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CASE REPORT
Year : 2019  |  Volume : 8  |  Issue : 6  |  Page : 2140-2143

”Two third tumor”: A case report and its differential diagnosis


1 Department of Oral Medicine and Radiology, Maharishi Markandeshwar College of Dental Sciences and Research (Deemed to be University), Ambala, Haryana, India
2 Department of Public Health Dentistry, Maharishi Markandeshwar College of Dental Sciences and Research (Deemed to be University), Ambala, Haryana, India
3 Department of Periodontics, Maharishi Markandeshwar College of Dental Sciences and Research (Deemed to be University), Ambala, Haryana, India
4 Department of Oral Medicine and Radiology, Kusum Devi Sundarlal Dugar Jain Dental College and Hospital, Cossipore, Kolkata, West Bengal, India

Correspondence Address:
Dr. Sourav Sen
Department of Public Health Dentistry, Maharishi Markandeshwar College of Dental Sciences and Research (Deemed to be University), Mullana, Ambala - 133 207, Haryana
India
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Source of Support: None, Conflict of Interest: None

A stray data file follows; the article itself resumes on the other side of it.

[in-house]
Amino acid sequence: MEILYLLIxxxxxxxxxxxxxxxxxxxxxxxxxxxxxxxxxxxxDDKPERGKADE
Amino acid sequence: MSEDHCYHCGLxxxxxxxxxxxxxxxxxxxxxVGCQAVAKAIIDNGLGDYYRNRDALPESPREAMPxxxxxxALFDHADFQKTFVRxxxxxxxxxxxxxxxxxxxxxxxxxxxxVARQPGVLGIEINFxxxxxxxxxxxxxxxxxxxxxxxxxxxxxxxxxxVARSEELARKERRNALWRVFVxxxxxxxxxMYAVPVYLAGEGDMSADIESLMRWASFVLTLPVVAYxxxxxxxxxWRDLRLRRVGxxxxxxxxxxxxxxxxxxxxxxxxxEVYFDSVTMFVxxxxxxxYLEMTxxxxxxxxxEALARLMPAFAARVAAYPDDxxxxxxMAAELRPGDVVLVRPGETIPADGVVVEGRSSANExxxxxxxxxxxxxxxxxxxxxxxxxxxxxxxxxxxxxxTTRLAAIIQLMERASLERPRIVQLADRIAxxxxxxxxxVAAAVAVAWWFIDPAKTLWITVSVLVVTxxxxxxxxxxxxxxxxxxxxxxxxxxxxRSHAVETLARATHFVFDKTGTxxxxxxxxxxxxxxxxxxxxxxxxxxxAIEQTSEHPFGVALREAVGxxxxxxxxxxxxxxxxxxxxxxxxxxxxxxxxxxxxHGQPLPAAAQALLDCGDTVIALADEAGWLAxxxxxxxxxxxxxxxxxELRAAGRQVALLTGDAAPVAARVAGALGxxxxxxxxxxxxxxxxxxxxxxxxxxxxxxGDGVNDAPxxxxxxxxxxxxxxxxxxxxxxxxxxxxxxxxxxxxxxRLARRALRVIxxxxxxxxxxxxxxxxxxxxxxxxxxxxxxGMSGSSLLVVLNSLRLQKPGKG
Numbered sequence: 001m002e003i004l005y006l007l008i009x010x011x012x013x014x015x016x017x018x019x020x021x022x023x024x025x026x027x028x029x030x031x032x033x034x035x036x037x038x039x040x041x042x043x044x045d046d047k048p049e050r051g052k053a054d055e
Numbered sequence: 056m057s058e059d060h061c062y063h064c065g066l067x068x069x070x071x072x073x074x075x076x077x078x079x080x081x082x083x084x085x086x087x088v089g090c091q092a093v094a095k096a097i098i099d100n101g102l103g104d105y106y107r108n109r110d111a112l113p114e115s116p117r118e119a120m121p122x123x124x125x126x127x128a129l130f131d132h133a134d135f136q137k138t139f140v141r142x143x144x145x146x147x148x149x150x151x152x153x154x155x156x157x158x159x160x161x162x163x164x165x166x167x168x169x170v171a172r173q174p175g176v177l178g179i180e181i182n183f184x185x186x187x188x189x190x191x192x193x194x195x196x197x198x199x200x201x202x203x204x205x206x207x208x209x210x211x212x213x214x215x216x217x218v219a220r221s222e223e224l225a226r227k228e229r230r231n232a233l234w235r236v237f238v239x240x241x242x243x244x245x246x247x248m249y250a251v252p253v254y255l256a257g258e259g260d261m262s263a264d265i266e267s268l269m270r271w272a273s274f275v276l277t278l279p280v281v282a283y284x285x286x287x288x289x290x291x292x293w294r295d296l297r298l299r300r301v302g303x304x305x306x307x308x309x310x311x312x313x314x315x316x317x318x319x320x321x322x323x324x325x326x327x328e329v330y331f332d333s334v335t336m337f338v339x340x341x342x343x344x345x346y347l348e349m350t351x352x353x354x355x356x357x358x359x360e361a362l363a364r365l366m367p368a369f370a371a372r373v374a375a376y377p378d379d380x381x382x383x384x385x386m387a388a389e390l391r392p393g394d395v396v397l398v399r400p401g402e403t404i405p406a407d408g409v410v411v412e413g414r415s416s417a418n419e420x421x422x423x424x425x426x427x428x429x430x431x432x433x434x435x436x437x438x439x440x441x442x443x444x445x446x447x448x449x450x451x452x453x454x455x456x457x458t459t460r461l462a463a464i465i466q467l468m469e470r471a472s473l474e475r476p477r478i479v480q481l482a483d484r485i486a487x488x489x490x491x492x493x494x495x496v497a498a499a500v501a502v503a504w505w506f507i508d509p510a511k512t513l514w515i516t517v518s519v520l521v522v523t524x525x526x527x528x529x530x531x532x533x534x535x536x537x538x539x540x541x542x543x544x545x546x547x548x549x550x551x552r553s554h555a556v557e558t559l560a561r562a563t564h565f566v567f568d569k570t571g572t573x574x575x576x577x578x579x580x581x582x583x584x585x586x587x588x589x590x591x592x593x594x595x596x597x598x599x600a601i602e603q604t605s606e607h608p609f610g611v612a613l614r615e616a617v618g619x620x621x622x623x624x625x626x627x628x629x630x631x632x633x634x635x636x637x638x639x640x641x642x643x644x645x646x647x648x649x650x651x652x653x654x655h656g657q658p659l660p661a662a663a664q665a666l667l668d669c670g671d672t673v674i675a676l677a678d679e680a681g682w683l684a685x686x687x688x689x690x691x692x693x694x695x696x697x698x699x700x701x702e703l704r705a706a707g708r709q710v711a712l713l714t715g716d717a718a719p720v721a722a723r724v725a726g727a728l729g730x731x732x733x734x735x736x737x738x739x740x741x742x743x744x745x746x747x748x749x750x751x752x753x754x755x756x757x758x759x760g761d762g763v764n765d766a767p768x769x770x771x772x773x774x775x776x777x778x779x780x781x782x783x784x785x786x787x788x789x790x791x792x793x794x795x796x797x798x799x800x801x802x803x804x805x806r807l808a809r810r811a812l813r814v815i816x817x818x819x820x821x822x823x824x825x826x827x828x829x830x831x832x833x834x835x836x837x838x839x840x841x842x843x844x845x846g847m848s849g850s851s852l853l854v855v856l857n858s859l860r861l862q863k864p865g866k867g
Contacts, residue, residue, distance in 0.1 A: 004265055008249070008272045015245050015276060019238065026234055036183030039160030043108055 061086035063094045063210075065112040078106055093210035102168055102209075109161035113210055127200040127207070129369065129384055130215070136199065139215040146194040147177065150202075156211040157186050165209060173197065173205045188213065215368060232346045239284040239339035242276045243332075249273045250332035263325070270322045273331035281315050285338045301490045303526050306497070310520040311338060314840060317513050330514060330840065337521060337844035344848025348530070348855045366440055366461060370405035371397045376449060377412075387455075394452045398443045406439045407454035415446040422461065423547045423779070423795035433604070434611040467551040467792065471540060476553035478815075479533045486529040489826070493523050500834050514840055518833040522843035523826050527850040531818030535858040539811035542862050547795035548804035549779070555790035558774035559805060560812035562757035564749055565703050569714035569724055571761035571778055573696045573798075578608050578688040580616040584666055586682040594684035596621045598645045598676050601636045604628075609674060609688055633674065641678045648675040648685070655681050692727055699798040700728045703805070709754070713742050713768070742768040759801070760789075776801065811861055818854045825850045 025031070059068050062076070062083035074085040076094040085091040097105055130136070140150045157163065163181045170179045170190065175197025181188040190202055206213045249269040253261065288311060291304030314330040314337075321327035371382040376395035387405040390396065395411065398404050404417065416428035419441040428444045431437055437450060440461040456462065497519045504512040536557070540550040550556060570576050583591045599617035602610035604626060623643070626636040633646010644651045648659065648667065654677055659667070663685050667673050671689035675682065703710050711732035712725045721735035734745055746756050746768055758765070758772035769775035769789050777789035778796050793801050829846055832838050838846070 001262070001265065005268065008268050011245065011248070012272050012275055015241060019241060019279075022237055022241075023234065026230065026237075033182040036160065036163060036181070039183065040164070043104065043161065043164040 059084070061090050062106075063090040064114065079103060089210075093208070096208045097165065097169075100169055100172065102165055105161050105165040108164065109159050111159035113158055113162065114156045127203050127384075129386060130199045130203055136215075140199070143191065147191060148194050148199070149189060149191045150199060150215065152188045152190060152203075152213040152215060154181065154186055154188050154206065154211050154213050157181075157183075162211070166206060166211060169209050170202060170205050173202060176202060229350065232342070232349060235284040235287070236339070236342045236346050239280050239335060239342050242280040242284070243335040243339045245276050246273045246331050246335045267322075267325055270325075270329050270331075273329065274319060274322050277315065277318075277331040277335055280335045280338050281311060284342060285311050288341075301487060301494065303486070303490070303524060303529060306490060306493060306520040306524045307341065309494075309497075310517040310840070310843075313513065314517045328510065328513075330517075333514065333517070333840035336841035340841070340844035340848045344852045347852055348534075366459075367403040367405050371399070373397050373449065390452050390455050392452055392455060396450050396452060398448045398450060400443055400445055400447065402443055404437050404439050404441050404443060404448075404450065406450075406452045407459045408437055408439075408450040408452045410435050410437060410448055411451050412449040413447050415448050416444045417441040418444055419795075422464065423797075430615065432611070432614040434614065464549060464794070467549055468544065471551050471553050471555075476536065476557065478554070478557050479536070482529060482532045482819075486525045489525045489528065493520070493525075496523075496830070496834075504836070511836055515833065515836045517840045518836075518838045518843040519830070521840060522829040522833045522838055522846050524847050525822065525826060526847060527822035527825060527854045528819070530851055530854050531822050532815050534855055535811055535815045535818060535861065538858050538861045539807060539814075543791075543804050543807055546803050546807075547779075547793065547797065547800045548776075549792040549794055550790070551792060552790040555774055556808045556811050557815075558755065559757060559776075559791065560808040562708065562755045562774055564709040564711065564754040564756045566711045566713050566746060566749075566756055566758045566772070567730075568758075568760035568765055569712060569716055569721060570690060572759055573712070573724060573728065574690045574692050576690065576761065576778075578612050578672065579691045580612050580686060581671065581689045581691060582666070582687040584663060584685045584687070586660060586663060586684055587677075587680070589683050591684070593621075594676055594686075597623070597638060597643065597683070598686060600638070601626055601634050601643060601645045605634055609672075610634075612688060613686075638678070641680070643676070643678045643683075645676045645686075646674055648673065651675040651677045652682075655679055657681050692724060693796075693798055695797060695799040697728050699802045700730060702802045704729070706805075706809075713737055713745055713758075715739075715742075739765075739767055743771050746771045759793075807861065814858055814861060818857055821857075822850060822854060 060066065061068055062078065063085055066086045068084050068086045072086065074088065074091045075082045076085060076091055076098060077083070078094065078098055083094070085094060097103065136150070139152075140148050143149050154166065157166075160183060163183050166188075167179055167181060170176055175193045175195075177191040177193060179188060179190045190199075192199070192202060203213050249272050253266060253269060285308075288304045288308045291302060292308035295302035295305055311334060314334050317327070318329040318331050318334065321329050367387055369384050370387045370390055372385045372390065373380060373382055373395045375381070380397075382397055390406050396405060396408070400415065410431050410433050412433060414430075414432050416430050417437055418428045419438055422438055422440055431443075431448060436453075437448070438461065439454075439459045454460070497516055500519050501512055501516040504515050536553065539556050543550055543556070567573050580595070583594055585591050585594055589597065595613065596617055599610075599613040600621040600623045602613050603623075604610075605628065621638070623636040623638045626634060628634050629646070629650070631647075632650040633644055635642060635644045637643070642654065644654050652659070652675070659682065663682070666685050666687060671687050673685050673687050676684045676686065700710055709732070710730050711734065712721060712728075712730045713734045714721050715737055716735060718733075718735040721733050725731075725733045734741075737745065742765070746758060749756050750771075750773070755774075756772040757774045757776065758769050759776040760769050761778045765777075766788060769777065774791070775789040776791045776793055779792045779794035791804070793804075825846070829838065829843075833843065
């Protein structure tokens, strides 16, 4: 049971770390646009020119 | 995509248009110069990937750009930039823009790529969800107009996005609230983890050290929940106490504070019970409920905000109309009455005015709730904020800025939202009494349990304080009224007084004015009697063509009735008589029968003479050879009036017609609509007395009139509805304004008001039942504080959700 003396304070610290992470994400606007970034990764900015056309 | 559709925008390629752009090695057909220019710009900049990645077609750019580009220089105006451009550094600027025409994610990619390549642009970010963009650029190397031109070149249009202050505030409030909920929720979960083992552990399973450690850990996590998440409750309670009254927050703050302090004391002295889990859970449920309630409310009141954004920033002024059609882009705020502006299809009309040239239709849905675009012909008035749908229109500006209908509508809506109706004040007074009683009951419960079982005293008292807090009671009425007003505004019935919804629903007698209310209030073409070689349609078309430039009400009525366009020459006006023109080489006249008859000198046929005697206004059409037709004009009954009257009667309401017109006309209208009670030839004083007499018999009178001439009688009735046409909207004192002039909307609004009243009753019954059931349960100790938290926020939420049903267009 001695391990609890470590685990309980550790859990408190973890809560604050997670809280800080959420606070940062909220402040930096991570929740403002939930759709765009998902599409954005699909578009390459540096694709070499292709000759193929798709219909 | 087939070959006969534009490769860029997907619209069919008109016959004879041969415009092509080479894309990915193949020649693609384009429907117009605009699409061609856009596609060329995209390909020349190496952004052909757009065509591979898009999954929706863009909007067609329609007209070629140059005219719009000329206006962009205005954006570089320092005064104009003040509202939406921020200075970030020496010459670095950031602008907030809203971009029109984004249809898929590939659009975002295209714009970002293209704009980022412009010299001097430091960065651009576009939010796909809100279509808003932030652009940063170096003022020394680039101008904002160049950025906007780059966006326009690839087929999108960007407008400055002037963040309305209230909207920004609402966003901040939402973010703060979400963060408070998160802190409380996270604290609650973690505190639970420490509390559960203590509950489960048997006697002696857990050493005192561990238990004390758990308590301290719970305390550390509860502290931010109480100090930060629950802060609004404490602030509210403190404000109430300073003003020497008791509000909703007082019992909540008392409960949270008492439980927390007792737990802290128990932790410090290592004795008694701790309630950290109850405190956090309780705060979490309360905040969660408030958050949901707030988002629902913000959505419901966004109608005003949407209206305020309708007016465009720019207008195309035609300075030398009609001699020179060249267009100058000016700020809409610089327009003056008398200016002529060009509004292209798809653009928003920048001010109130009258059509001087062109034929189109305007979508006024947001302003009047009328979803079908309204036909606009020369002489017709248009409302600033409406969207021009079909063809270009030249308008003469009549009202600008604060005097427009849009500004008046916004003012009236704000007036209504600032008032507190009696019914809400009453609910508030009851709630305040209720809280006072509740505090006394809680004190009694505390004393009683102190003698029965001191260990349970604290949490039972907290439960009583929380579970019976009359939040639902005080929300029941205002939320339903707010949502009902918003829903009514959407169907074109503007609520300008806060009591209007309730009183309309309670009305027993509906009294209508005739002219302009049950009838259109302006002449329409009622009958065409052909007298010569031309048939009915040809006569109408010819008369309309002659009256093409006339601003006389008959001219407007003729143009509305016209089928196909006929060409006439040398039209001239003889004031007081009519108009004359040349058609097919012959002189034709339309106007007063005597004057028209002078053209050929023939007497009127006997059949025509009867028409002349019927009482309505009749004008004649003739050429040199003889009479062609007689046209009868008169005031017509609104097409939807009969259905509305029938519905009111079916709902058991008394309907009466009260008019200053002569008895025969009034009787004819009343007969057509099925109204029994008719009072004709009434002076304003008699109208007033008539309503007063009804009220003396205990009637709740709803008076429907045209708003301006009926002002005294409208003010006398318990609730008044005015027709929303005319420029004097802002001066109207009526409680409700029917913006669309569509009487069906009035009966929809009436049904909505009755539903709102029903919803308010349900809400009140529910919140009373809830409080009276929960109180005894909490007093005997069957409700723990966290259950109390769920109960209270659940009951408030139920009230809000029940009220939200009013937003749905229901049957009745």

DOI: 10.4103/jfmpc.jfmpc_351_19

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Adenamatoid odontogenic tumor (AOT) is an odontogenic tumor with a prevalence of 2.2–7.1%. AOT is a benign, noninvasive, and progressive lesion which is also known as “a two third tumor.” As the name suggests the tumor occurs in the maxilla in two third of cases. It occurs in young patients in two third of cases and associated with missing or unerupted teeth in two third of cases. Two third cases are associated with the maxillary canine. Characterized by slow growing, gradually enlarging, painless swelling associated with missing teeth. We report a case of a male patient of age 22 years, with characteristic findings. AOT resembles different odontogenic cysts and tumors which may include dentigerous cyst, globulomaxillary cyst, ameloblastoma, and other entities, hence must be well differentiated. Conservative surgical enucleation is the treatment of choice. Recurrence rate for AOT is 0.2%. Prognosis is excellent when completely removed in toto.


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